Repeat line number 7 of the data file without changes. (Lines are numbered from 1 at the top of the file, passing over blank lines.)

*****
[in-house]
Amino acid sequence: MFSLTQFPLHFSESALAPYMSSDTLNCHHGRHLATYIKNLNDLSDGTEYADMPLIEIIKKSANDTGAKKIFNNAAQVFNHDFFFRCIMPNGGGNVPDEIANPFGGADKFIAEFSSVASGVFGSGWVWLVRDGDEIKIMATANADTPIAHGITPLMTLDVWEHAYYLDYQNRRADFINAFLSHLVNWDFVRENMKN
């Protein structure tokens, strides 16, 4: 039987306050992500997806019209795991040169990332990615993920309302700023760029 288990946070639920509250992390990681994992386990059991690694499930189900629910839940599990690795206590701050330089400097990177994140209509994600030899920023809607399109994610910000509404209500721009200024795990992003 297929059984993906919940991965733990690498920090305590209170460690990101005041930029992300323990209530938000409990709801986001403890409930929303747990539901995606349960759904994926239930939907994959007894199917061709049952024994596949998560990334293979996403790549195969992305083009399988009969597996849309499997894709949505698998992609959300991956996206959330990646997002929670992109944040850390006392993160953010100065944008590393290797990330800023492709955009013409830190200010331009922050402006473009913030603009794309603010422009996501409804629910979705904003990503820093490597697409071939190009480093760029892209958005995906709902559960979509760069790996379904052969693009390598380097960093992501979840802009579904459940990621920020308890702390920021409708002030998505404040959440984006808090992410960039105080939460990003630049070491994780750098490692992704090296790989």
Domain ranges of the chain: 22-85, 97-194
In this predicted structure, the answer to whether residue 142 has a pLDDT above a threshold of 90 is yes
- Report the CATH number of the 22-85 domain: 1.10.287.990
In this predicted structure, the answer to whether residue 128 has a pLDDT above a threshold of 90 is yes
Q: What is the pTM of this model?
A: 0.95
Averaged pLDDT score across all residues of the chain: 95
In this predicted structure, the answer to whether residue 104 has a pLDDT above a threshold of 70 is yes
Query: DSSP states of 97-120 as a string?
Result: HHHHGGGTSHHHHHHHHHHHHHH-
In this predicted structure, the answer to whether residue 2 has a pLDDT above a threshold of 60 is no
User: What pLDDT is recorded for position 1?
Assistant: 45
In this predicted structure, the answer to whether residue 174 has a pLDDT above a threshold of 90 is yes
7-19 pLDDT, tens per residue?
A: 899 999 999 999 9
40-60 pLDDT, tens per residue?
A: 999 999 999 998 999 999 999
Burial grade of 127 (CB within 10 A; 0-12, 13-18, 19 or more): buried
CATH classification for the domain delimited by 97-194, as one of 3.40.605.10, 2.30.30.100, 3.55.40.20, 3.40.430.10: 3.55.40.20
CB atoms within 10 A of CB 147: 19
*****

In this predicted structure, the answer to whether residue 128 has a pLDDT above a threshold of 90 is yes